AppDynamics Application Intelligence Platform
This topic describes the conventions that the App Agent for .NET uses to automatically name nodes.
Node naming relies on the application name to directly link nodes to an application. This naming convention clarifies node names for applications in an application pool hosting multiple applications and node names for applications in a recycle process.
If you are upgrading to 3.8 from the App Agent for .NET version 3.7.7 or earlier, the new node naming convention takes effect upon restart. Nodes named under the old scheme become historical nodes with no correlation to the new nodes.
The naming pattern for IIS nodes is as follows:
Machine name is the NetBIOS name of the local computer where the application runs.
Tier is the name of the logical tier for the application. See Logical Model.
Site is the IIS Site name.
App is the virtual path within the site.
The syntax for web gardens is the same as IIS Nodes, except that we append a process index to differentiate between the worker processes in the web garden.
The process index represents the zero-based index of the process. For a web garden-IIS-hosted application with five worker processes, the index could be 0, 1, 2, 3 or 4.
Don't confuse the process index with the Windows process id.
When IIS first launches web garden processes, the agent assigns a sequential index to each process. However, as IIS recycles processes, the agent reuses the available indexes freed by terminated processes. This means there will likely be no correlation between the index sequence and the chronological start of the process.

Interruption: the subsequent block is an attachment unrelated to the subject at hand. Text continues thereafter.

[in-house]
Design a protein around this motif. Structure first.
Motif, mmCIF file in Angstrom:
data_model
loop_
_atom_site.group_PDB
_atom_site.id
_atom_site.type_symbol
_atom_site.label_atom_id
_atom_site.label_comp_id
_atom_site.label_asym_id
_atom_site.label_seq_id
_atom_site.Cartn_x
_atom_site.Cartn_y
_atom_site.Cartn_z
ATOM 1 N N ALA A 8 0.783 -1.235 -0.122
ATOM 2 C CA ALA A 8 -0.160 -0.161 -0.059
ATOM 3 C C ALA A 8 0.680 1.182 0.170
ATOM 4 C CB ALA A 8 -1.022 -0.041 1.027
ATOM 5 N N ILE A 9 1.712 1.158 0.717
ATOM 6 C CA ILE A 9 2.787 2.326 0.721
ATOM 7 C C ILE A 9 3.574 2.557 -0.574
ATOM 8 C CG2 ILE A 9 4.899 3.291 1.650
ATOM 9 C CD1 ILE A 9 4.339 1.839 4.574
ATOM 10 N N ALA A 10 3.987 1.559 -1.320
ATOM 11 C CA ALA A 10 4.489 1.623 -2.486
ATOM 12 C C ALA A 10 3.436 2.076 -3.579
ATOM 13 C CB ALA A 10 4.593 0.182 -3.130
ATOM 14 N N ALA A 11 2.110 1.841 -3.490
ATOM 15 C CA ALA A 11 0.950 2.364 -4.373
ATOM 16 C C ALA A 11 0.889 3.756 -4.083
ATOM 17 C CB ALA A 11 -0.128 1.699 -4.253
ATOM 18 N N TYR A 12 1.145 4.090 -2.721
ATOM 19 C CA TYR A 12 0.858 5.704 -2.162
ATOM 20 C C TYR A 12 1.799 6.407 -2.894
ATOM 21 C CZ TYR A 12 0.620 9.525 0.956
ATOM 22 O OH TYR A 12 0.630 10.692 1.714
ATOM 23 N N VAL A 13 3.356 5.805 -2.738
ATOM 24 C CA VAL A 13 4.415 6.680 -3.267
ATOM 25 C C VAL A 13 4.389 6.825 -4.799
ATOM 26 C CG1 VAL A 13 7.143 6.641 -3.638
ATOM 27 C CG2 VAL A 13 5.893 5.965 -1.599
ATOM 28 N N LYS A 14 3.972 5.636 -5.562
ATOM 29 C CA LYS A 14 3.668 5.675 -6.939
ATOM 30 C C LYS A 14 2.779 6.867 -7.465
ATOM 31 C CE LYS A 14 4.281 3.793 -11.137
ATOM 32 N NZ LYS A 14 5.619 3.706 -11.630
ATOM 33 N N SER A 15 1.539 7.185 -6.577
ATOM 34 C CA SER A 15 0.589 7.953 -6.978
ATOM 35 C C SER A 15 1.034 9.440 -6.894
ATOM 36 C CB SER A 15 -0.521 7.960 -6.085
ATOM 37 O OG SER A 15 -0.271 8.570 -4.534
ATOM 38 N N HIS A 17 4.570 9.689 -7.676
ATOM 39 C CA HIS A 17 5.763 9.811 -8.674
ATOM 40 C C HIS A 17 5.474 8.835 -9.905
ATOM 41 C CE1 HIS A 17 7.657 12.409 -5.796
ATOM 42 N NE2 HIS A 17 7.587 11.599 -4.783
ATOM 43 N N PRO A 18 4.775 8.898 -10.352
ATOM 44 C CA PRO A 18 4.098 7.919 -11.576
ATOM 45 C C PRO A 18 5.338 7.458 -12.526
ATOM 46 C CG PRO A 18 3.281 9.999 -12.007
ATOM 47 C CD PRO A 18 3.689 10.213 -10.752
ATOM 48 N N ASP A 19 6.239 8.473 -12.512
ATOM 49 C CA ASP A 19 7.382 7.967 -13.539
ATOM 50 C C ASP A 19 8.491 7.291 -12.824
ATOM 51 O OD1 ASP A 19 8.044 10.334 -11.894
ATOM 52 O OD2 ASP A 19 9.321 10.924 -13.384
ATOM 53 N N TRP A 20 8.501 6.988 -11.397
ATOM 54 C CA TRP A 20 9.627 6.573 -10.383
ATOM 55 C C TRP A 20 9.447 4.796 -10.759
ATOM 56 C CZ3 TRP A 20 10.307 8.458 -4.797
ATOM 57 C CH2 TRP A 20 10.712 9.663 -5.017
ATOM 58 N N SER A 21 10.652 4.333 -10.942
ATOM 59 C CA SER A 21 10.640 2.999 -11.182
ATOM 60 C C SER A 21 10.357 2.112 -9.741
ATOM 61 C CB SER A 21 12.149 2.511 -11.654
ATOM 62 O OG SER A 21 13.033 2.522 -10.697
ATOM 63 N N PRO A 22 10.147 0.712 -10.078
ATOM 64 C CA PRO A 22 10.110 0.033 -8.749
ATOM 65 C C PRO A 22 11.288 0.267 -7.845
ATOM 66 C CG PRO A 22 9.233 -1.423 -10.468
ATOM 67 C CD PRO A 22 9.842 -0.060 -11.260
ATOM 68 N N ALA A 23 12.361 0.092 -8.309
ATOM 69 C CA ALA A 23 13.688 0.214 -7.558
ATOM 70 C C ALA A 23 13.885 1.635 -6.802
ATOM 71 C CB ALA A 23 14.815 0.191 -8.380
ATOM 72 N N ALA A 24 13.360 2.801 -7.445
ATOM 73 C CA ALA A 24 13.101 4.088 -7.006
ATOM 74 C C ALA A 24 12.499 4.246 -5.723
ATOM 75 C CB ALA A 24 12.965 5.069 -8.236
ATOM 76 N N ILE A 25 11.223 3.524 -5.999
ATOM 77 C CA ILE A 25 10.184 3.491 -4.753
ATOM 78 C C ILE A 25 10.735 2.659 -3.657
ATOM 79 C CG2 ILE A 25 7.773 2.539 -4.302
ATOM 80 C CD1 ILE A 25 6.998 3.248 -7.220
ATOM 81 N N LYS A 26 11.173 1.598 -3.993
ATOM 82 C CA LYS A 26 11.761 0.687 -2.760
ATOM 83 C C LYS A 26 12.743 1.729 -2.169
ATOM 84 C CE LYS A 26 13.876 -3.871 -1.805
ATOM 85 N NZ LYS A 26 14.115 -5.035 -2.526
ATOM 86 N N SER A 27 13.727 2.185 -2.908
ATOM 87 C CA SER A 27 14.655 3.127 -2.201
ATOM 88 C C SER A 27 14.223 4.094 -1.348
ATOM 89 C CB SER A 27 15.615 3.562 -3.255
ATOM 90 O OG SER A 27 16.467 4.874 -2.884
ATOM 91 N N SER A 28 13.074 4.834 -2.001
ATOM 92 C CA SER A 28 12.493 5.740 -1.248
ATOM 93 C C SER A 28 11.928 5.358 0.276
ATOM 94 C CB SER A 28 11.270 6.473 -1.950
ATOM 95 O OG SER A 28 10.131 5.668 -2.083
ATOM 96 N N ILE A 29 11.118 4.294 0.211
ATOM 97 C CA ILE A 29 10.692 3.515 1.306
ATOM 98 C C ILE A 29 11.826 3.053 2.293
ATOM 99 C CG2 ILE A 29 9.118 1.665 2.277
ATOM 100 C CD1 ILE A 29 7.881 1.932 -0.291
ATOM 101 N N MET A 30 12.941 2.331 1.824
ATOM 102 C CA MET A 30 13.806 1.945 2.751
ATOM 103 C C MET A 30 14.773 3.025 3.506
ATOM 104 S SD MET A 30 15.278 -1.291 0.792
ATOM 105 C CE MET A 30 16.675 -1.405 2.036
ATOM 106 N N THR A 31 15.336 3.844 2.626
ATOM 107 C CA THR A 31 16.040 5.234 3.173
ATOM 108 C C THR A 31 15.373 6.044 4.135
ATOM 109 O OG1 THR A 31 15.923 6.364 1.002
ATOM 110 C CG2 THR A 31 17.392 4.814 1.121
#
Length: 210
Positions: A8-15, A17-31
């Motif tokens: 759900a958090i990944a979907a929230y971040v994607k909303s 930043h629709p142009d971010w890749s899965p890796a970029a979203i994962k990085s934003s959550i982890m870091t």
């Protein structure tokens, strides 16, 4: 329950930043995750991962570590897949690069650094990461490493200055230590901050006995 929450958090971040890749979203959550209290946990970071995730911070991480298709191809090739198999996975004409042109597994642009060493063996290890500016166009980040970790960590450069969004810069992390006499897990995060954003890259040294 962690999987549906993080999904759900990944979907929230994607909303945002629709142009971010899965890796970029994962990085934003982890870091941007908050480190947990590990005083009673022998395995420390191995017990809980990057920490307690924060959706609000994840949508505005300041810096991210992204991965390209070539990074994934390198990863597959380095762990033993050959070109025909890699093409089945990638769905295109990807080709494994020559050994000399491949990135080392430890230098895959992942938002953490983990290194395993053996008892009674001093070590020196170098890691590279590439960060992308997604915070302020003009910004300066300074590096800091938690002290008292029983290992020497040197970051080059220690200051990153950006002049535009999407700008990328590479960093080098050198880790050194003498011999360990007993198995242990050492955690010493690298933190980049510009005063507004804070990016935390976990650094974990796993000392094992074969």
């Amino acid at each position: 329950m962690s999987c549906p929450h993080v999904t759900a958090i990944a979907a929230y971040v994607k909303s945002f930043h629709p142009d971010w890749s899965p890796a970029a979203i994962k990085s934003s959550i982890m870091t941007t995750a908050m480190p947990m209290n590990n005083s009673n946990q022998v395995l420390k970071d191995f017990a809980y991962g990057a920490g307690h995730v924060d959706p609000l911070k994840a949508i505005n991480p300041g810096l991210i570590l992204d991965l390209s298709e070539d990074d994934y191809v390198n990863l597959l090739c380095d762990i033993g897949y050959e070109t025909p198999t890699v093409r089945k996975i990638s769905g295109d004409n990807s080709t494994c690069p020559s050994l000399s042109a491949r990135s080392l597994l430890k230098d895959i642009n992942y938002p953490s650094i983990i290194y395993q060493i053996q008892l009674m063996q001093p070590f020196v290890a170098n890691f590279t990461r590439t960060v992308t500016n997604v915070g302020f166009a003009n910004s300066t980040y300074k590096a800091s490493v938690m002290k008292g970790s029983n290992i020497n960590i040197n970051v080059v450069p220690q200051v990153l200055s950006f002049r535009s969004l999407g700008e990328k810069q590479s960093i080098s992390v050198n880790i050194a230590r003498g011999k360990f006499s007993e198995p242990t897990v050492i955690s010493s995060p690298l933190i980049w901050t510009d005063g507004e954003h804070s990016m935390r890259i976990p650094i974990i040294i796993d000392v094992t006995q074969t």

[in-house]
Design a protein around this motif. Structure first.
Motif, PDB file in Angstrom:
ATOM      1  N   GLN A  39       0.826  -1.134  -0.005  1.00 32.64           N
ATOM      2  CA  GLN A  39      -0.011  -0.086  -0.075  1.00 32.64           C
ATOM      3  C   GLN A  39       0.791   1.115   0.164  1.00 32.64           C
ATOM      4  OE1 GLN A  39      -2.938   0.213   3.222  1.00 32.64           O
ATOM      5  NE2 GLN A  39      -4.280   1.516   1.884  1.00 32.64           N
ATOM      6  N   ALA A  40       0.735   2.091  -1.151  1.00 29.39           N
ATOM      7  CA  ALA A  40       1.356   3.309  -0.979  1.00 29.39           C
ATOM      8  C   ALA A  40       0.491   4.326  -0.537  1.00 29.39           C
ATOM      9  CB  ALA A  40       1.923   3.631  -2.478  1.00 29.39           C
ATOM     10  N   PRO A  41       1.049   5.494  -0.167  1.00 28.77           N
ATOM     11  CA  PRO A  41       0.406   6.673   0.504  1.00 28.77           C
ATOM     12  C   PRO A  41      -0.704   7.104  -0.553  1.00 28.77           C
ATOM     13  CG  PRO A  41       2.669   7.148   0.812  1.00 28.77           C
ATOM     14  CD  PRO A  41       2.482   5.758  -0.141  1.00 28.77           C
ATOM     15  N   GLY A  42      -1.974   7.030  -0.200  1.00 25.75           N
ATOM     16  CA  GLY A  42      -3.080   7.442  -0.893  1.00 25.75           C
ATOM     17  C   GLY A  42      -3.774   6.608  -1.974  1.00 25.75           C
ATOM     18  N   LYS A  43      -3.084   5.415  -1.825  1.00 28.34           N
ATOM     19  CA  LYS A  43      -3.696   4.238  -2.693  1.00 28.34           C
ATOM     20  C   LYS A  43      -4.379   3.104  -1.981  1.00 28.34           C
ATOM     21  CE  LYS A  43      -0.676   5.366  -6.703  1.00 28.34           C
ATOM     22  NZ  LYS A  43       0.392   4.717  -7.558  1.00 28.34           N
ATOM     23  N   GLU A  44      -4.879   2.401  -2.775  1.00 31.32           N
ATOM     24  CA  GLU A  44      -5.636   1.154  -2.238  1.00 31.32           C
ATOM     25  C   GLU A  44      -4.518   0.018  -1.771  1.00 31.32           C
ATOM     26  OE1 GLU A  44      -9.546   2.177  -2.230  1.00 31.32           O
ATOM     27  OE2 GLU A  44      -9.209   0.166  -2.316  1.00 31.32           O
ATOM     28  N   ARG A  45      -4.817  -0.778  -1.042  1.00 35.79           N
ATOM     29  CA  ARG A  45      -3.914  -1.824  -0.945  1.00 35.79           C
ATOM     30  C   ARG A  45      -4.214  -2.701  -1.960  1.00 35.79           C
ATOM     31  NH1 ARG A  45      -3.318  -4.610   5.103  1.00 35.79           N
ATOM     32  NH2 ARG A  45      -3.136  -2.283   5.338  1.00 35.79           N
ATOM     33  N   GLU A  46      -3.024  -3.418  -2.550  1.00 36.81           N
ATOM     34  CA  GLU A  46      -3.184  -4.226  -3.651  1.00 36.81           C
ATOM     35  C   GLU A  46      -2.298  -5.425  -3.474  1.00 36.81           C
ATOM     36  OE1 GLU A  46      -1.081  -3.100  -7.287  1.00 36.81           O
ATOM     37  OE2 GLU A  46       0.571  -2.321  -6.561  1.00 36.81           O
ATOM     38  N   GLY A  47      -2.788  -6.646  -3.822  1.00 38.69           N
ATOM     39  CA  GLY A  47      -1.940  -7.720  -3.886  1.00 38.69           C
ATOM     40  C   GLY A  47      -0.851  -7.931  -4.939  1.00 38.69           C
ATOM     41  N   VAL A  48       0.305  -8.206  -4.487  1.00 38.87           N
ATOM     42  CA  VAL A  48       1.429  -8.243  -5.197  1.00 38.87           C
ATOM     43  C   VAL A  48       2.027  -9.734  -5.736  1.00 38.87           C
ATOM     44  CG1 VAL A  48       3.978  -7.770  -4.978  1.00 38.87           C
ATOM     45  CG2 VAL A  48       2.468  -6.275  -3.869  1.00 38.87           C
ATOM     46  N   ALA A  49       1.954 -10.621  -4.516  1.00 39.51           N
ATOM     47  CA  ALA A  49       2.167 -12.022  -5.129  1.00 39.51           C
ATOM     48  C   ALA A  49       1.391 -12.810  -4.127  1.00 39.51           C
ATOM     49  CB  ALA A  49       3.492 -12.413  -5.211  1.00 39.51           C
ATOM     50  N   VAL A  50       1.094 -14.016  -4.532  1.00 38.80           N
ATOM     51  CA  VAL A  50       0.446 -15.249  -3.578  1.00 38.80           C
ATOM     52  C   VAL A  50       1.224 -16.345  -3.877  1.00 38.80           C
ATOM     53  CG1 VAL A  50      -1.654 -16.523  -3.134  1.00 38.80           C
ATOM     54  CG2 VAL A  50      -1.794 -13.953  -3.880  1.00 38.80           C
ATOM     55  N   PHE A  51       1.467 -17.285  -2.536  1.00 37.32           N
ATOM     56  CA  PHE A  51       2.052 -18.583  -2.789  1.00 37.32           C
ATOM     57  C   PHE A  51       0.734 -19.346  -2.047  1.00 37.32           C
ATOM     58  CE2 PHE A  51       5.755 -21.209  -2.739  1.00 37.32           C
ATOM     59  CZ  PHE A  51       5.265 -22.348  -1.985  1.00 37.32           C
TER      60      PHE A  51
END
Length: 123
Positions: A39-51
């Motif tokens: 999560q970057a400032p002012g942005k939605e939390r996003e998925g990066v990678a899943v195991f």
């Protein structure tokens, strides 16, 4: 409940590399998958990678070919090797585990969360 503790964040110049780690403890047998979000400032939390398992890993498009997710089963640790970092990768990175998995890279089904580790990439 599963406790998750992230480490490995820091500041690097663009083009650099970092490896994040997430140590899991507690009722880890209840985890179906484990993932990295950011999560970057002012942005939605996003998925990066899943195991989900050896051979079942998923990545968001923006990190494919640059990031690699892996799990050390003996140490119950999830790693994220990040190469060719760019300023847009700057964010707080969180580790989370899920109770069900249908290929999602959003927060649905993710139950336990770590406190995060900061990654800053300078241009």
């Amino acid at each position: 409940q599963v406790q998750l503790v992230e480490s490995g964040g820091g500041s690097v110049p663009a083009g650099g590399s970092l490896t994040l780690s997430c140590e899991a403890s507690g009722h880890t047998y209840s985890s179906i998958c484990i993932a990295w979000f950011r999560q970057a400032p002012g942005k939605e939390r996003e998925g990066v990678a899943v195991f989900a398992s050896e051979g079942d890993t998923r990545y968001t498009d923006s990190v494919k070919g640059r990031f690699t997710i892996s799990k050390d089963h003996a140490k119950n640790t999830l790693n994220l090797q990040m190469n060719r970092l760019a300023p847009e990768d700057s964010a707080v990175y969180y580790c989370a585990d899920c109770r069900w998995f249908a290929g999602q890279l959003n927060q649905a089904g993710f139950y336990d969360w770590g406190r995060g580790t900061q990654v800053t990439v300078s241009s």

There are edge cases where you may see more nodes than the maximum number of worker processes. This can happen when a long-running request prevents a process from shutting down before its replacement launches.
The naming pattern for Windows service nodes is as follows:
Machine name is the NetBIOS name of the local computer where the Windows service runs.
Service name is the same as Service name in the service properties window.
The naming pattern for standalone applications is as follows:
Machine name is the NetBIOS name of the local computer where the standalone application runs.
Executable name is the standalone application executable file name.
Below is the algorithm for calculating how many nodes will be generated. It refers to all nodes that are alive, as historical node counts can change via retention and deletion time frames as well as manual deletion, etc.
Self-Hosted Process (Windows Service, Console Application, etc)
Number of Nodes
In the case of a webgarden, by default AppDynamics flags a node as historical within five minutes after it recycles. Wait 5 minutes for a recycled node to disappear from the application flow map.